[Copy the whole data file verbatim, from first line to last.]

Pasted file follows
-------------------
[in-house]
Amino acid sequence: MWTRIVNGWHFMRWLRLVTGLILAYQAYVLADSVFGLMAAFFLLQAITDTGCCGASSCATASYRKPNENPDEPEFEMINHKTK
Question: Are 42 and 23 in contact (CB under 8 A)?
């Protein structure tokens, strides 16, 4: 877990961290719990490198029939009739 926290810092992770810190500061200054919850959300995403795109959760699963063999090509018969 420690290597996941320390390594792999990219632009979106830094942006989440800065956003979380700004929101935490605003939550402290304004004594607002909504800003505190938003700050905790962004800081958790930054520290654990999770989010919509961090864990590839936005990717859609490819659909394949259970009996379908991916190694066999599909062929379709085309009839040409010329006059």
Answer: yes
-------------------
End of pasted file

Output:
[in-house]
Amino acid sequence: MWTRIVNGWHFMRWLRLVTGLILAYQAYVLADSVFGLMAAFFLLQAITDTGCCGASSCATASYRKPNENPDEPEFEMINHKTK
Question: Are 42 and 23 in contact (CB under 8 A)?
């Protein structure tokens, strides 16, 4: 877990961290719990490198029939009739 926290810092992770810190500061200054919850959300995403795109959760699963063999090509018969 420690290597996941320390390594792999990219632009979106830094942006989440800065956003979380700004929101935490605003939550402290304004004594607002909504800003505190938003700050905790962004800081958790930054520290654990999770989010919509961090864990590839936005990717859609490819659909394949259970009996379908991916190694066999599909062929379709085309009839040409010329006059």
Answer: yes